I love Sun-tzu’s brutal language (I am sure it is not given anything close to justice in modern English), and this universe he has created in the remarkably dense 13 chapters. It is like a Zodiac, or the 64 hexagrams of the I Ching. He has created the universal patterns for all conflict. Your mind must raise itself up to this higher stratosphere of strategic thought. From there, you will respond with intelligent action, with sound tactics. It is almost too banal to even express, but those running businesses or wars are rarely strategists, but rather tacticians who know how to disguise themselves. That abstract realm of thought that must preface all intelligent action is missing. If only everyone really read Sun–tzu, really pondered what he said, as opposed to digesting him because it seems cool or warlike.

He is the god of strategists, and all of the rest of us are mere demigods or mortals. (Musashi is one of the highest of the demigods, in my cosmology.) I reread The Art of War every few months, so that I keep his ideas constantly in my mind. 
Robert Greene in an interview.

Read more -https://www.sonshi.com/robert-greene-interviews.html

If I could simplify the whole game of power and strategy in one equation, it would all hinge on the capacity to see events around you exactly as they are.

" If I could simplify the whole game of power and strategy in one equation, it would all hinge on the capacity to see events around you exactly as they are" Robert greene




 The closer your mind is to reality, the better your strategies, your responses in life. But we humans have a strange psychological block. Our minds are constantly stopping on one thing, one idea, one experience or emotion. When that happens, we are looking at events through the tunnel of our own biases or negative experiences. We lose contact with reality. Anything living is in a constant state of flux. Nothing stays the same. And so our thoughts must constantly adapt to what is happening around us and never get stuck on this idea, or that way of doing things.

This obsessed me in The 48 Laws. At the end of each chapter I included a Reversal, which basically said that you must look at the Law I have just written from the opposite perspective. I also included laws that seem to contradict each other, because events in life are often at cross currents. I also included a chapter at the end about formlessness, saying essentially that you must ignore everything here I have written, and learn to think for yourself, based on your circumstances.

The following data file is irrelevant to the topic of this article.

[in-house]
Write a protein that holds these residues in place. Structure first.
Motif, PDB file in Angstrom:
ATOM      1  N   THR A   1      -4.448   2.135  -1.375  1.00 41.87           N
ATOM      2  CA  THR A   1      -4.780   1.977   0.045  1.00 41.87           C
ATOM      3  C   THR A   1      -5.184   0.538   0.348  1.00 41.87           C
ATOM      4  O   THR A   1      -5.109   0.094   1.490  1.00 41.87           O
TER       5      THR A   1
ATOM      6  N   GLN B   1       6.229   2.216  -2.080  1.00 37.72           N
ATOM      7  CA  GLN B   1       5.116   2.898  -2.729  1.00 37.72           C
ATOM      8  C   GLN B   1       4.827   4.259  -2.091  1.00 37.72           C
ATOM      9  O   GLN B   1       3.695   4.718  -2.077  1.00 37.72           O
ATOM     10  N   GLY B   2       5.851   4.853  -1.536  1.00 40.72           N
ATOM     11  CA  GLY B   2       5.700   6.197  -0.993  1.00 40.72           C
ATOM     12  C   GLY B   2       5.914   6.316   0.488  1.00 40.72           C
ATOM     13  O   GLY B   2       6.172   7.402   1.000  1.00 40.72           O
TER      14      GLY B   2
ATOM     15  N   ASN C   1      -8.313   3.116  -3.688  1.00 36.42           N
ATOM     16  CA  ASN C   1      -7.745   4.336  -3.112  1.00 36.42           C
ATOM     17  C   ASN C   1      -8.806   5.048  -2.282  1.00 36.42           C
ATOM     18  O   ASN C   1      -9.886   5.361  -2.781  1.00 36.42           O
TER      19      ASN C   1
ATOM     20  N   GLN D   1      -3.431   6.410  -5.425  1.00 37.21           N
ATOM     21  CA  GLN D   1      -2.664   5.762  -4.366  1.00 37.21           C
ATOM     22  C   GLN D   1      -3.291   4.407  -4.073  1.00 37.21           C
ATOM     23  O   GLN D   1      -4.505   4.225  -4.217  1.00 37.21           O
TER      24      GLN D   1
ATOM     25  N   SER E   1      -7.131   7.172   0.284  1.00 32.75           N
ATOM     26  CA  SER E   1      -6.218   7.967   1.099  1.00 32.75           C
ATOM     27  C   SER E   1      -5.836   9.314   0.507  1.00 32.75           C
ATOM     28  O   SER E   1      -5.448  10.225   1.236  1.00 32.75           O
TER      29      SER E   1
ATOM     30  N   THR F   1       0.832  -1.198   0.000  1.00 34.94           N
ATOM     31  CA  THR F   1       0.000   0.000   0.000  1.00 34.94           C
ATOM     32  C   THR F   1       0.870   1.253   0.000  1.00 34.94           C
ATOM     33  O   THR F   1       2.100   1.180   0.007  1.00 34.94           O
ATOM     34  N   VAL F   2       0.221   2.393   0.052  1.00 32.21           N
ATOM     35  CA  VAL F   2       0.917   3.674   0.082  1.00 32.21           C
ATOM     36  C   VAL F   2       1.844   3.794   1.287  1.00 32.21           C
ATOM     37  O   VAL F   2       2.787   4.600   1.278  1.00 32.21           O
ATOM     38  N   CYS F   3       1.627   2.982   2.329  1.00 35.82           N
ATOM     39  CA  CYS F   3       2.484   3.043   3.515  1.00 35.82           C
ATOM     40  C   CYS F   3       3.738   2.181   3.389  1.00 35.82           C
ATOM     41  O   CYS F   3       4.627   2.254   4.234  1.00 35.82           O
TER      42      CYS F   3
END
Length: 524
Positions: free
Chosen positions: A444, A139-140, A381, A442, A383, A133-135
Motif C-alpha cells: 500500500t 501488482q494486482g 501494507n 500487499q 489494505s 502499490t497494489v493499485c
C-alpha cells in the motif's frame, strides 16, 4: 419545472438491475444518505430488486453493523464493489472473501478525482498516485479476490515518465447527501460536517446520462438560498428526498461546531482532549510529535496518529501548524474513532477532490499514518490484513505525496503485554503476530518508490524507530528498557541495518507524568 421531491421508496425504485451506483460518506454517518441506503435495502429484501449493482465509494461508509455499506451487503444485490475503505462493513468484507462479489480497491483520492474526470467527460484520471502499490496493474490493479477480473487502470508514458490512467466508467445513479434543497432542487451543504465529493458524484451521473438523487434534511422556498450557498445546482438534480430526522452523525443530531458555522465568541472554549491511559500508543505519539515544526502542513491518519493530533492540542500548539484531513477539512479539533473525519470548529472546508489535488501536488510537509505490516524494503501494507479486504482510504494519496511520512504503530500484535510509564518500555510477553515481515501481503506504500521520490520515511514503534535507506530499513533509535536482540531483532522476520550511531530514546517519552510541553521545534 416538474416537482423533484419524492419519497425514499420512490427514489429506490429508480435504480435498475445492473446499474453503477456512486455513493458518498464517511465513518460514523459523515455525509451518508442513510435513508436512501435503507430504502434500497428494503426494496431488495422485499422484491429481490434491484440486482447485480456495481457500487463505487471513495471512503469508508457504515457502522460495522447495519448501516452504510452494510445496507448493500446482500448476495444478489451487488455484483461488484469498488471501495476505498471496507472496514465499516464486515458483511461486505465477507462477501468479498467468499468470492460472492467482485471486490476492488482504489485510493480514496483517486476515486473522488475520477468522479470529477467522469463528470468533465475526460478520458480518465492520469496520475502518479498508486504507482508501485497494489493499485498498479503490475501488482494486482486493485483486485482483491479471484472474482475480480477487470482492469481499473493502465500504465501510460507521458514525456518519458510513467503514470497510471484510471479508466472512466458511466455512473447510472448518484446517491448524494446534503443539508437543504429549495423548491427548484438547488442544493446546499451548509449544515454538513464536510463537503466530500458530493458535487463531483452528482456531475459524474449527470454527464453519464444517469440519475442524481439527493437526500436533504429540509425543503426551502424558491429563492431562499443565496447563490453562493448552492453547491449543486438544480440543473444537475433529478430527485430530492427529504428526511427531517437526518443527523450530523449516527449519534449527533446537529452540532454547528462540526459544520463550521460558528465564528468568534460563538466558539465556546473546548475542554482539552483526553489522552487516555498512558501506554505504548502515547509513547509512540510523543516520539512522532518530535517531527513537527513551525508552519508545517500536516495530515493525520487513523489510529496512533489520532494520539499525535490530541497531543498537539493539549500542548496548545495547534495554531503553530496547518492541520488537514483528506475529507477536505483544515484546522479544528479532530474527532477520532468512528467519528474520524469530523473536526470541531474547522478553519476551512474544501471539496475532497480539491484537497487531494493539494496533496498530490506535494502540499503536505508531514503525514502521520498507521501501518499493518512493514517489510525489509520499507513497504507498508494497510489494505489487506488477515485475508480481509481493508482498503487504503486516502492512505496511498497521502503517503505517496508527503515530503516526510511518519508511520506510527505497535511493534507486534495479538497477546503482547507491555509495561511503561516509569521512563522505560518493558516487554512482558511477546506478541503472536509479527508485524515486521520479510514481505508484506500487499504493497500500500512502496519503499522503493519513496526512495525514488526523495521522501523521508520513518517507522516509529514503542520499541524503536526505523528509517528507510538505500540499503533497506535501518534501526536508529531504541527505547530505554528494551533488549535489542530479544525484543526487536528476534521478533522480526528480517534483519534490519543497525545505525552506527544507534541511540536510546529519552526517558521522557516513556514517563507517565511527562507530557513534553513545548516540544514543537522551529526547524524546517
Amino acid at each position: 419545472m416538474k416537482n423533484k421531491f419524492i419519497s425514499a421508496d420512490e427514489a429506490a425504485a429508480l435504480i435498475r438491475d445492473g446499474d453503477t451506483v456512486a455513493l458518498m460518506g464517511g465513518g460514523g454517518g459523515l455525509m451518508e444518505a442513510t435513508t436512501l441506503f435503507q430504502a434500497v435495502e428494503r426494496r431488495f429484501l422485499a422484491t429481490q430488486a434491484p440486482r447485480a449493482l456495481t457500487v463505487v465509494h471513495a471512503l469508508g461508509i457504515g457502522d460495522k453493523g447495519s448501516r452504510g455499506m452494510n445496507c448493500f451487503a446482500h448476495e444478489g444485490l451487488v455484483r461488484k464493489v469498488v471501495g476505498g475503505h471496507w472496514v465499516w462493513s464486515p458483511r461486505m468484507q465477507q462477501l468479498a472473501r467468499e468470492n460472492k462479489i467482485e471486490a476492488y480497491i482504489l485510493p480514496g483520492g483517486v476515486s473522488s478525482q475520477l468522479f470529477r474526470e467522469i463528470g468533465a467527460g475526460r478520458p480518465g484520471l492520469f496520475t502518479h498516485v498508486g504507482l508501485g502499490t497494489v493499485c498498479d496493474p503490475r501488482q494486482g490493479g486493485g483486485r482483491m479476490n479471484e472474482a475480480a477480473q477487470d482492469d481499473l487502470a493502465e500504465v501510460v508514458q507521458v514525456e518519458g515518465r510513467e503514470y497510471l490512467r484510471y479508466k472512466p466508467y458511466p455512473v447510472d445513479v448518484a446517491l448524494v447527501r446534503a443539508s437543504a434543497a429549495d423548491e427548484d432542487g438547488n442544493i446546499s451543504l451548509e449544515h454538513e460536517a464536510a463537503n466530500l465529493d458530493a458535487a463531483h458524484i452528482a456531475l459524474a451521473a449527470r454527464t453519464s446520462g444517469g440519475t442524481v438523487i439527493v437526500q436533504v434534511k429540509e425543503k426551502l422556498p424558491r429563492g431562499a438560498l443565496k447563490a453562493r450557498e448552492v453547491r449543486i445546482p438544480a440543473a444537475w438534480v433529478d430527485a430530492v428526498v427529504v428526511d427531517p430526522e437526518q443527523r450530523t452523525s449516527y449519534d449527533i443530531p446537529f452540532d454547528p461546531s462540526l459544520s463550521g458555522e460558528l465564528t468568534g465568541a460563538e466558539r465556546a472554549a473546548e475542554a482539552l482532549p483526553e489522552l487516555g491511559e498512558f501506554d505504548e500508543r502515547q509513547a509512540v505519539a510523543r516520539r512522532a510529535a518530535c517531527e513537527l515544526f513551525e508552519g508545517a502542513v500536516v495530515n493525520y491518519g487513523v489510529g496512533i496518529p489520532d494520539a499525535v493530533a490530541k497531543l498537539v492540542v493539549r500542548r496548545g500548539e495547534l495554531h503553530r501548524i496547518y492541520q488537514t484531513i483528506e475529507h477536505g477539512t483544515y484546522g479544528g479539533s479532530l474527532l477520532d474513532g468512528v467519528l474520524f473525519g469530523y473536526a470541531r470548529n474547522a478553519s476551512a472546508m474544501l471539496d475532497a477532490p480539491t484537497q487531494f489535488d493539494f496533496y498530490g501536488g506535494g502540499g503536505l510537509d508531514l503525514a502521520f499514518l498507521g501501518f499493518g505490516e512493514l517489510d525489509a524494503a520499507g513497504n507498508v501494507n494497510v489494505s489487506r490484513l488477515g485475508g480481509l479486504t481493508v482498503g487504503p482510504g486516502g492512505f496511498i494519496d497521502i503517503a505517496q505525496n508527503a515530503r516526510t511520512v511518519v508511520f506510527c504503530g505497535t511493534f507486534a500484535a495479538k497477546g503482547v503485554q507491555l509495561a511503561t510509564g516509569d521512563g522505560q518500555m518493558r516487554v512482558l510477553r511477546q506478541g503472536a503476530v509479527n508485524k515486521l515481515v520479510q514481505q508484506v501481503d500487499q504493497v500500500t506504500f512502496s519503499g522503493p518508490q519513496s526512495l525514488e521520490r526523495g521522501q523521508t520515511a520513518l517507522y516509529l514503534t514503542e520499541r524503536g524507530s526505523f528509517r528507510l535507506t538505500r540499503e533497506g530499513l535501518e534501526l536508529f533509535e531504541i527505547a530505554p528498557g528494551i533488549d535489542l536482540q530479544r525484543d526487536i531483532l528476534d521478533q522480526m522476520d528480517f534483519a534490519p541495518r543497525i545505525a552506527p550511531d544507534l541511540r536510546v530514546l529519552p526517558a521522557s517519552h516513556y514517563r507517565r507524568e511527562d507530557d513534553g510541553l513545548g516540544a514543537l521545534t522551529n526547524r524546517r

"गुरू शिष्य परंपरा आज भी भारत में जीवंत है "- गुरूदेव

गुरू शिष्य  परम्परा आध्यात्मिक प्रज्ञा का नई पीढ़ियों तक पहुंचाने का सोपान। भारतीय संस्कृति में गुरु-शिष्य परम्परा के अन्तर्गत गुरु (शिक्षक) अपने शिष्य को शिक्षा देता है या कोई विद्या सिखाता है। बाद में वही शिष्य गुरु के रूप में दूसरों को शिक्षा देता है। यही क्रम चलता जाता है। यह परम्परा सनातन धर्म की सभी धाराओं में मिलती है। गुरु-शिष्य की यह परम्परा ज्ञान  के किसी भी क्षेत्र में हो सकती है, जैसे- अध्यात्म, संगीत, कला, वेदाध्ययन, वास्तु आदि। भारतीय संस्कृति में गुरु का बहुत महत्व है। कहीं गुरु को 'ब्रह्मा-विष्णु-महेश' कहा गया है तो कहीं 'गोविन्द'।
'गु' शब्द का अर्थ है अंधकार (अज्ञान) और 'रु' शब्द का अर्थ है प्रकाश ज्ञान। अज्ञान को नष्ट करने वाला जो ब्रह्म रूप प्रकाश है, वह गुरु है। आश्रमों में गुरु-शिष्य परम्परा का निर्वाह होता रहा है। भारतीय संस्कृति में गुरु को अत्यधिक सम्मानित स्थान प्राप्त है। भारतीय इतिहास में गुरु की भूमिका समाज को सुधार की ओर ले जाने वाले मार्गदर्शक के रूप में होने के साथ क्रान्ति को दिशा दिखाने वाली भी रही है। भारतीय संस्कृति में गुरु का स्थान ईश्वर से भी ऊपर माना गया है.
“गुरुर ब्रह्मा गुरुर विष्णु गुरुर देवो महेश्वर:
गुरुर साक्षात् परम ब्रह्म तस्मै श्री गुरुवे नमः”
प्राचीन काल में गुरु और शिष्य के संबंधों का आधार था गुरु का ज्ञान, मौलिकता और नैतिक बल, उनका शिष्यों के प्रति स्नेह भाव, तथा ज्ञान बांटने का निःस्वार्थ भाव. शिष्य में होती थी, गुरु के प्रति पूर्ण श्रद्धा, गुरु की क्षमता में पूर्ण विश्वास तथा गुरु के प्रति पूर्ण समर्पण एवं आज्ञाकारिता. अनुशासन शिष्य का सबसे महत्वपूर्ण गुण माना गया है.
आचार्य चाणक्य ने एक आदर्श विद्यार्थी के गुण एस प्रकार बताये हैं-
“काकचेष्टा बकुल ध्यानं श्वान  निद्रा तथेव च
अल्पहारी गृहत्यागी विद्यार्थीनाम पंचलक्षणं”
गुरु और शिष्य के बीच केवल शाब्दिक ज्ञान का ही आदान प्रदान नहीं होता था बल्कि गुरु अपने शिष्य के संरक्षक के रूप में भी कार्य करता था। उसका उद्द्येश्य रहता था कि गुरु उसका कभी अहित सोच भी नहीं सकते. यही विश्वास गुरु के प्रति उसकी अगाध श्रद्धा और समर्पण का कारण रहा है।
गीता में भगवान श्रीकृष्ण जी ने गुरु-शिष्य परम्परा को ‘परम्पराप्राप्तम योग’ बताया है। गुरु-शिष्य परम्परा का आधार सांसारिक ज्ञान से शुरू होता है,परन्तु इसका चरमोत्कर्ष आध्यात्मिक शाश्वत आनंद की प्राप्ति है,जिसे ईश्वर -प्राप्ति व मोक्ष प्राप्ति भी कहा जाता है। बड़े भाग्य से प्राप्त मानव जीवन का यही अंतिम व सर्वोच्च लक्ष्य होना चाहिए। ”